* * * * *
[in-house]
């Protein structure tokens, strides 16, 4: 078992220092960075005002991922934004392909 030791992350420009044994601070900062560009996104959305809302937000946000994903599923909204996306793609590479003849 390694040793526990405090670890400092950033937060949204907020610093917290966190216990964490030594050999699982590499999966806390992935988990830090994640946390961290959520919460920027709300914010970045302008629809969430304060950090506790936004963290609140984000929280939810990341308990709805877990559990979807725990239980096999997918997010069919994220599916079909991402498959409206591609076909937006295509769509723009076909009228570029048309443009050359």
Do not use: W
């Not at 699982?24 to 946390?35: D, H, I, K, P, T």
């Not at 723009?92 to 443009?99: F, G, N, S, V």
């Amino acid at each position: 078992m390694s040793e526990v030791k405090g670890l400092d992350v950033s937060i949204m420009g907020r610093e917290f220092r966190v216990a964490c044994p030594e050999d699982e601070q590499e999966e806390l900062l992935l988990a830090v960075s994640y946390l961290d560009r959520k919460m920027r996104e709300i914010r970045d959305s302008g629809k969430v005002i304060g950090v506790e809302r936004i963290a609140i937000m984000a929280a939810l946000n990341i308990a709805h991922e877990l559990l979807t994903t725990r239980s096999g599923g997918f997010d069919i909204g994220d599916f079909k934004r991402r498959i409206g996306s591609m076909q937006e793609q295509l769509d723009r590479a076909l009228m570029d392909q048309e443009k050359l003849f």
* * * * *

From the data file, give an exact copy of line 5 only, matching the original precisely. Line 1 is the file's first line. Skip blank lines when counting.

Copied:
């Not at 723009?92 to 443009?99: F, G, N, S, V």